This article is the first in a series about tightening SELinux configuration for Fedora 11.
In Fedora 11, Linux users by default are mapped to the unconfined_u SELinux user. The unconfined_u SELinux user is mapped to the unconfined_r, system_r roles and to all available Multi Category Security compartments.
Both unconfined_r and system_r are roles that map to SELinux security domains. SELinux security domains are defined security environments for processes on the Linux system.
The unconfined security domain, unconfined_t, is a environment reserved for processes that are to a large extend exempted from SELinux restrictions. The system_r role maps to security domains for system processes.
The unconfined_u SELinux user has access to the system_r role to be able to run system processes in their security domains. SELinux user unconfined_u operates in the unconfined_t security domain via the unconfined_r role that it is mapped to.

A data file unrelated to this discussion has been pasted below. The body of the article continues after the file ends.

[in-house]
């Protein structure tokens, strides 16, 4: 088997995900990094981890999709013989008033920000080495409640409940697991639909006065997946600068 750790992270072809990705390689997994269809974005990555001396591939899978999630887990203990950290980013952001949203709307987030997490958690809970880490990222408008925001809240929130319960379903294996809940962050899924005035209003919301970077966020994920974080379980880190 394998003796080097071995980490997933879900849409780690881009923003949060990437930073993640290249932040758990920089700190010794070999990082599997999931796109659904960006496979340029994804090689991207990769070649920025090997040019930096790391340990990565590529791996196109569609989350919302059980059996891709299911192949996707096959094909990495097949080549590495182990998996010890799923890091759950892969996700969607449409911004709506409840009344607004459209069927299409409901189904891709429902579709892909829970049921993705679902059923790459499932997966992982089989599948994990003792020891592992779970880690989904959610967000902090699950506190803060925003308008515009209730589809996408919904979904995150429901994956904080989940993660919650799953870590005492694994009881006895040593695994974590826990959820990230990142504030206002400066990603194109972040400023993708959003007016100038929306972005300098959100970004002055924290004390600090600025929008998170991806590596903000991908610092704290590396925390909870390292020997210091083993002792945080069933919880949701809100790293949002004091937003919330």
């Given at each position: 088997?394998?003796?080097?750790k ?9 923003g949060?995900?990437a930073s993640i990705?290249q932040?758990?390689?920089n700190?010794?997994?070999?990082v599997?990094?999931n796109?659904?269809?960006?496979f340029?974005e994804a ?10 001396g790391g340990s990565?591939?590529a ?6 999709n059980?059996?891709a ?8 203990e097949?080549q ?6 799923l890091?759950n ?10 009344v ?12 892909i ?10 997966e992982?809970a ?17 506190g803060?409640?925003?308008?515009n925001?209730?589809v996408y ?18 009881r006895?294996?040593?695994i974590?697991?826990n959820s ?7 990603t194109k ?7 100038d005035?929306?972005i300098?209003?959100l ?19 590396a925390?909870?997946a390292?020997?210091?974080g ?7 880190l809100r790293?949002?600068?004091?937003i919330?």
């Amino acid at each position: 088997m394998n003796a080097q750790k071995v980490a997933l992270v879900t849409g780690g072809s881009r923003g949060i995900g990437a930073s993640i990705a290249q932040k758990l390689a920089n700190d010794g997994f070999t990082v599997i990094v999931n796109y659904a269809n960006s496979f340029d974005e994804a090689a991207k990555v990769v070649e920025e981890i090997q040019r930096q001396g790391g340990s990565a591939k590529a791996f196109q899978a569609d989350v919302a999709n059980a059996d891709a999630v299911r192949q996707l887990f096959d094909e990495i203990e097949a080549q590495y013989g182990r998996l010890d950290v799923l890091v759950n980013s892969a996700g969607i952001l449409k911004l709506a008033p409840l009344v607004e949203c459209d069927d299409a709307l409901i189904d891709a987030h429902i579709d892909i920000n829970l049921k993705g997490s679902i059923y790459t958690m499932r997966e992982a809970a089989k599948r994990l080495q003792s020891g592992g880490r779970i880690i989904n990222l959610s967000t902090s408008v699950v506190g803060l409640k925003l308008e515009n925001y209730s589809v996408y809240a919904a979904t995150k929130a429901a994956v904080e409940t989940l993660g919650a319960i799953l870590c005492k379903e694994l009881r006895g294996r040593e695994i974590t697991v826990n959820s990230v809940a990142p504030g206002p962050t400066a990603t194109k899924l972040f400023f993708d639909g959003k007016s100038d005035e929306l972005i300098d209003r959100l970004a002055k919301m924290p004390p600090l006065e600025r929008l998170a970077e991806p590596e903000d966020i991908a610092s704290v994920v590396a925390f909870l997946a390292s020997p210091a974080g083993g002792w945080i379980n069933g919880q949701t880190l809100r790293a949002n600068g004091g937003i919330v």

The semanage command can be used to add, modify and delete Linux user to SELinux user mappings, as well as other settings related to SELinux management. Alternatively the system-config-selinux graphical user interface to semanage can be used to modify these settings.
To use the semanage command to list to which SELinux user, Linux users get mapped by default type: sudo semanage login -l | grep default
__default__ unconfined_u SystemLow-SystemHigh
In the example above Linux users are mapped to the unconfined_u SELinux user by default.
To modify this configuration to map Linux users by default to a confined SELinux user called user_u simply type: sudo semanage login -m -s user_u "__default__"